Mark Roosevelt Featured

8:00pm EDT October 28, 2006
 When Mark Roosevelt arrived at the Pittsburgh Public Schools, he faced the challenge of overseeing an organization that had failed to keep up with the changes in the world around it.

So the new superintendent began putting together a plan to close schools, cut expenses and substantially raise the level of instruction and academic performance in the organization with a $545 million annual budget, and he’s still making changes today.

Roosevelt spoke with Smart Business about how to keep an organization moving, get things done quickly and be willing to sweep up things that get broken.

Don’t allow the organization to stand still.
I keep it moving. I don’t mean this in a negative way, but in an organization like this, I think its natural state is inertia, and unless you keep pushing and prodding and cajoling, literally every day, it will revert to its natural state.

Constant motion is necessary, not motion for the sake of motion, but constant driving, just pushing and getting people to realize that this isn’t going away, and this accountability agenda isn’t going away. School cultures long ago learned that they can wait out waves of reform, and you’ve got to create the impression that you’re not going to wait this one out; you’re either going to be part of this one or step aside.

There’s a difficulty in moving the process in a way that can implement change in the way that it needs implemented. A lot of the folks here worked their whole lives for the Pittsburgh public schools. That has some disadvantages. If I look at my top management people now, there’s only one person in my senior cabinet that was here when I got here. And I think that was necessary.

Encourage people to act.
I look for a can-do attitude. There are a lot of other things that they need but mainly a can-do attitude, a desire to make things happen. You can feel that quite quickly. Some of my people have a very can-do attitude, and I end up sweeping up glass behind them. That’s part of my job. I’d rather have that right now than a little too much respect for the old china that’s on the table.

Act quickly.
I like to think that I have a reasonable balance between being deliberative and acting quickly. Partly, it’s how much time you have to make a decision. I’d rather make a mistake of commission than of omission. I’d rather act and have to re-evaluate than passively sit by and not act.

Hash and rehash the important issues.
We usually hash things out at length. I got here in August, we had a plan for closing schools in November, it was passed by the board in February. To me, school closings was the act by which we earned the leadership of the district, the community’s faith that we had the capacity to do this job. We had hundreds of hours of meetings where we rehashed issues that seemingly had been hashed weeks before. The reason I like that is I think people need to feel free to say, ‘Oh, have we thought about that?’ So I probably induced more internal second-guessing, relooking, recalculating than some might have thought. I think, in the end, it pays off.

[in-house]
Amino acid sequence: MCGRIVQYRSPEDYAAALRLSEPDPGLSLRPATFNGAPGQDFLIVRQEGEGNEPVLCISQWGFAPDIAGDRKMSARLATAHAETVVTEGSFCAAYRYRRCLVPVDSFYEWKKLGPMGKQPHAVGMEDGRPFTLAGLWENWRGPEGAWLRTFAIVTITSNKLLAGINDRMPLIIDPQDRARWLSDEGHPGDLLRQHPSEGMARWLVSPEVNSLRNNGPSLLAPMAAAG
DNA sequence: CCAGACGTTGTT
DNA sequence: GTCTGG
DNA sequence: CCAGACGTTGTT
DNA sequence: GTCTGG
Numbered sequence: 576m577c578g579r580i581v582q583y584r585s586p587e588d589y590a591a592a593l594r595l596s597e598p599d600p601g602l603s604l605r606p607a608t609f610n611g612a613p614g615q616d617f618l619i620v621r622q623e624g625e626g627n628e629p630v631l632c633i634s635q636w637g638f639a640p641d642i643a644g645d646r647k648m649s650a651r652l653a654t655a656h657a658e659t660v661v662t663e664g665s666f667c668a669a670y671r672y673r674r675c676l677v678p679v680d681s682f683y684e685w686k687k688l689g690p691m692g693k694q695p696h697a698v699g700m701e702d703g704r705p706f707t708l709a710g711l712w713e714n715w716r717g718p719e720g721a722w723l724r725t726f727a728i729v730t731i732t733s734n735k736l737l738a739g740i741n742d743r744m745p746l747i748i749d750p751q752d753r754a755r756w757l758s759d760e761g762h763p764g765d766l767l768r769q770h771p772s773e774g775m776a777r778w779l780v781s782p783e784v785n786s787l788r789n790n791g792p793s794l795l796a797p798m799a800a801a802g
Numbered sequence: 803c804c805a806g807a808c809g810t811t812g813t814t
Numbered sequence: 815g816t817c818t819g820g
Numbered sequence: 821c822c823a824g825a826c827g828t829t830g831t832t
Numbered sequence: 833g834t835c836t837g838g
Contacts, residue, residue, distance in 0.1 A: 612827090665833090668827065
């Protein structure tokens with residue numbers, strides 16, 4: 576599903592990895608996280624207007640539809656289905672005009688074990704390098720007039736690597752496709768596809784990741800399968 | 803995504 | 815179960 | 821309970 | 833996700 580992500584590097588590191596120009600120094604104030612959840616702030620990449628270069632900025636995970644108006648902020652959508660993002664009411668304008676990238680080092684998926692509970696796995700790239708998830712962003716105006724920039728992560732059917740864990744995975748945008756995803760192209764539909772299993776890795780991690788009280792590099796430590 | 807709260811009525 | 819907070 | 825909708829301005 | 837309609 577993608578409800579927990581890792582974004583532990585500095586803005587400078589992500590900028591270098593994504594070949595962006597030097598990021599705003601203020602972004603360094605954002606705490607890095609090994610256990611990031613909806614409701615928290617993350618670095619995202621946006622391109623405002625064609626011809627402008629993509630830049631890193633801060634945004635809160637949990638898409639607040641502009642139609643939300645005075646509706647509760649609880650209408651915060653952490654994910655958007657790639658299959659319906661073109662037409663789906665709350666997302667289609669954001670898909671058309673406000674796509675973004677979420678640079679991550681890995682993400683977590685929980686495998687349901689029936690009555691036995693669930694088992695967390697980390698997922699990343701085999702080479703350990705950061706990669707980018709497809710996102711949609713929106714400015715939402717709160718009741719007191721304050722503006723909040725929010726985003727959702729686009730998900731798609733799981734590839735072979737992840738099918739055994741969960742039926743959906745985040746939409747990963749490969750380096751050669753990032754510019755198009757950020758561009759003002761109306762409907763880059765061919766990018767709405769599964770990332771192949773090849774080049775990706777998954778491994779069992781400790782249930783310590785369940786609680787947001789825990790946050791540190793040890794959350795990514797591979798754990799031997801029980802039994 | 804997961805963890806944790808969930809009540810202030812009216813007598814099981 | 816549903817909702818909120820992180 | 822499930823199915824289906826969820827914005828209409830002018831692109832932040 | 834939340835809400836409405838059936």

Let your actions speak for you.
It’s more having them see us act. That’s far more convincing. We’ve had lots of meetings, brought people in, but I think more of it is, ‘Hey, move over,’ and they see you moving.

Some people may be nervous about their jobs, but I’d like to create a culture in which if you’re not interested in being a part of a performance-based operation, you’ll feel more comfortable going elsewhere. Accountability is very high on my list, and that’s one of the underpinnings of the culture change. Without a reasonable and reasonably speedy accountability, the culture change won’t happen.

Create a performance-based culture.
If you asked me what the umbrella under which it all falls is, it’s culture change, trying to create a culture here that is performance-based, and that’s the largest challenge and the mission.

Culture change, no question about it, has been the biggest challenge. To me, there are a lot of specific changes. There’s curriculum change, there’s professional development for teachers and principals. The principals, they weren’t even doing it here. For teachers, it was incoherent and not cohesive.

The fun is in getting things done, the human interaction. The nice advantage that we have ... is that the work matters tremendously. I think if people feel progress being made, that’s the fun part.

Give people the benefit of the doubt.
I usually give people the benefit of the doubt, especially if they’re loyal and decent human beings, a couple of chances on that road. Some people internally may perceive that differently than people do externally.

Externally, they see change happening so fast some of my board members are saying, ‘Whoa, slow down.’ But internally, I do believe that people deserve the benefit of the doubt, so I’m perhaps a little more slow to determine that somebody can’t cut it.

HOW TO REACH: Pittsburgh Public Schools,